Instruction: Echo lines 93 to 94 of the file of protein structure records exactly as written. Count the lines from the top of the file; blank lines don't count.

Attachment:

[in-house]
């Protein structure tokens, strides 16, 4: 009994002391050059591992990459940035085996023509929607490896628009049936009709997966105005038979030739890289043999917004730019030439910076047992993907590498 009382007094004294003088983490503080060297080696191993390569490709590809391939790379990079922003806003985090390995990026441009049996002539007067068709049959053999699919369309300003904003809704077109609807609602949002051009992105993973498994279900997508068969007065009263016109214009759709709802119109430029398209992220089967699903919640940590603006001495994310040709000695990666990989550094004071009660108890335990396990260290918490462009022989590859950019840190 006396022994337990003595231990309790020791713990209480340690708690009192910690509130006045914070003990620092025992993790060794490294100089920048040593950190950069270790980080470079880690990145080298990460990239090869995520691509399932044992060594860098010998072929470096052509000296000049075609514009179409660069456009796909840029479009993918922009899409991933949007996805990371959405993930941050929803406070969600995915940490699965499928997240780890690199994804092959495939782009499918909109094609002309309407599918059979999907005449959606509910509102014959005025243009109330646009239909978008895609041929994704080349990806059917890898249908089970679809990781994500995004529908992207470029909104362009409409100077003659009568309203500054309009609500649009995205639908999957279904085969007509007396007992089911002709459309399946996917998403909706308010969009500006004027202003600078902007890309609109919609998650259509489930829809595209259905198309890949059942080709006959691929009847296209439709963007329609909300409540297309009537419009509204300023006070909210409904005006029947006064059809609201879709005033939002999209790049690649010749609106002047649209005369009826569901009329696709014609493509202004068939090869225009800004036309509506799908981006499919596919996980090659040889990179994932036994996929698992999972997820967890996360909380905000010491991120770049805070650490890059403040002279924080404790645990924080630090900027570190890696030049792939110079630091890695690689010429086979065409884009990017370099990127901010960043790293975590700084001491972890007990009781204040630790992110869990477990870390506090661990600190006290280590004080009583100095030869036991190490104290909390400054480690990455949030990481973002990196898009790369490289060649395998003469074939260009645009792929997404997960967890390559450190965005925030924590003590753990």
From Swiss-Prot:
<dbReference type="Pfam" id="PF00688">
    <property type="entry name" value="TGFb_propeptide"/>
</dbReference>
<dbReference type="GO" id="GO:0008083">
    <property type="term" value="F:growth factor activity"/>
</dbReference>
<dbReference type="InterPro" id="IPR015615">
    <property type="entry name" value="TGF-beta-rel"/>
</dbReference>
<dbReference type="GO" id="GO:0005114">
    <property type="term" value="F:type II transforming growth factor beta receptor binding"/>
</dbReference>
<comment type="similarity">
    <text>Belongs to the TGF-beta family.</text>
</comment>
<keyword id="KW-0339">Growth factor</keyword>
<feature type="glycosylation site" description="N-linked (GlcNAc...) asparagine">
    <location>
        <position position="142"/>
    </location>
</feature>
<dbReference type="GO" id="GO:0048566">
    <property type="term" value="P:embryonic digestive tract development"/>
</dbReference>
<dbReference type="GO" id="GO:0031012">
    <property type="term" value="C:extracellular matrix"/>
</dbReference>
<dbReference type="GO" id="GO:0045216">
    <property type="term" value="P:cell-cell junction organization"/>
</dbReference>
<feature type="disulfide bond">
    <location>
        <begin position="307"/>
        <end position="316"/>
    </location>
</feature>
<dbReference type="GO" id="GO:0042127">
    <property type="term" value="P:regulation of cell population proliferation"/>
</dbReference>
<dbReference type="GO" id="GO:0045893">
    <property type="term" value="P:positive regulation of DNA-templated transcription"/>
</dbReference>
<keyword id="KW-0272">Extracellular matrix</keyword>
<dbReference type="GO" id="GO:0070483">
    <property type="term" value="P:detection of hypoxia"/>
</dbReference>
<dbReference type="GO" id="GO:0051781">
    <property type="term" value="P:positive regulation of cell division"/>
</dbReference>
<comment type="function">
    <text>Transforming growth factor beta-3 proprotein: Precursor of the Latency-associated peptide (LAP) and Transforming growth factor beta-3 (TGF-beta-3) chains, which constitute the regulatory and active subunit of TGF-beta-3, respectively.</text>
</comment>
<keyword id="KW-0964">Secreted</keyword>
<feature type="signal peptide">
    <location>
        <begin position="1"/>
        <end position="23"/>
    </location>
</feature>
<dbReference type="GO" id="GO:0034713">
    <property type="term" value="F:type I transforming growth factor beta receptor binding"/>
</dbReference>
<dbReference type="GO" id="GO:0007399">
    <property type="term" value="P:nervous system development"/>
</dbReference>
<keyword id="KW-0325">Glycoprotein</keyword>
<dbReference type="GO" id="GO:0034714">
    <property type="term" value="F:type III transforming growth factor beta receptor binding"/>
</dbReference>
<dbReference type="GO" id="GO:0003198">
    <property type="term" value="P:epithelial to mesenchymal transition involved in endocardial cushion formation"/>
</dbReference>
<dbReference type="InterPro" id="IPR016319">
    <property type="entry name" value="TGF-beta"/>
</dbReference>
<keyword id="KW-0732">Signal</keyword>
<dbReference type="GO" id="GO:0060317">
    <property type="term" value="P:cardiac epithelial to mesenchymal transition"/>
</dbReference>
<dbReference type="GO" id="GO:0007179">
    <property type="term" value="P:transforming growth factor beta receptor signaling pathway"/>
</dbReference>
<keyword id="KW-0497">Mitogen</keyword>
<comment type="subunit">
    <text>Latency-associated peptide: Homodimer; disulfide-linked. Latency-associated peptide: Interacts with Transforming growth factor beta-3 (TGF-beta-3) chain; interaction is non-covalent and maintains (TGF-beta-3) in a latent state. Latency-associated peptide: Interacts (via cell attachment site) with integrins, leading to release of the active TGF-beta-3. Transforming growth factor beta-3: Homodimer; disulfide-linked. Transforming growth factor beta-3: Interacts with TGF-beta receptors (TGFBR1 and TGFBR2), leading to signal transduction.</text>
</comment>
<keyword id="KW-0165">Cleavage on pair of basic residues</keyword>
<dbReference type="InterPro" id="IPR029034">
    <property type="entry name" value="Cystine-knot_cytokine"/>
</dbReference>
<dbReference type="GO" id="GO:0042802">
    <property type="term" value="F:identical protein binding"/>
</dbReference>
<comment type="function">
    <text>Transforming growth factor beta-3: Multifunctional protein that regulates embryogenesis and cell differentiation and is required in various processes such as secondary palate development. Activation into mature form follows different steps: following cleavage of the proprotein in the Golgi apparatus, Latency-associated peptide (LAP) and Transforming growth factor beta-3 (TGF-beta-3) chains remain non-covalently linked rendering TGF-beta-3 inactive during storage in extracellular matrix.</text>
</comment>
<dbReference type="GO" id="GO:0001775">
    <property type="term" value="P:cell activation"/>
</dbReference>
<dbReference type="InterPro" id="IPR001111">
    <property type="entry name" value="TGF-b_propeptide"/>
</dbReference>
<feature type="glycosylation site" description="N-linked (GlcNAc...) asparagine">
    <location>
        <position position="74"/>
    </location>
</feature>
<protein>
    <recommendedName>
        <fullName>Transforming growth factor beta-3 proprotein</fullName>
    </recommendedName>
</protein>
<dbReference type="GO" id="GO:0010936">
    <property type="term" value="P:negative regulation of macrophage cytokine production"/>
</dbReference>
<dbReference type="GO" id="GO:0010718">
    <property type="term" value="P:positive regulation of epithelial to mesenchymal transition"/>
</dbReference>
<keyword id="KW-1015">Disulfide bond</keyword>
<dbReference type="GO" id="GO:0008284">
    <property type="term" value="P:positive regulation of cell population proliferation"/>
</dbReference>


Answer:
</dbReference>
<dbReference type="GO" id="GO:0042802">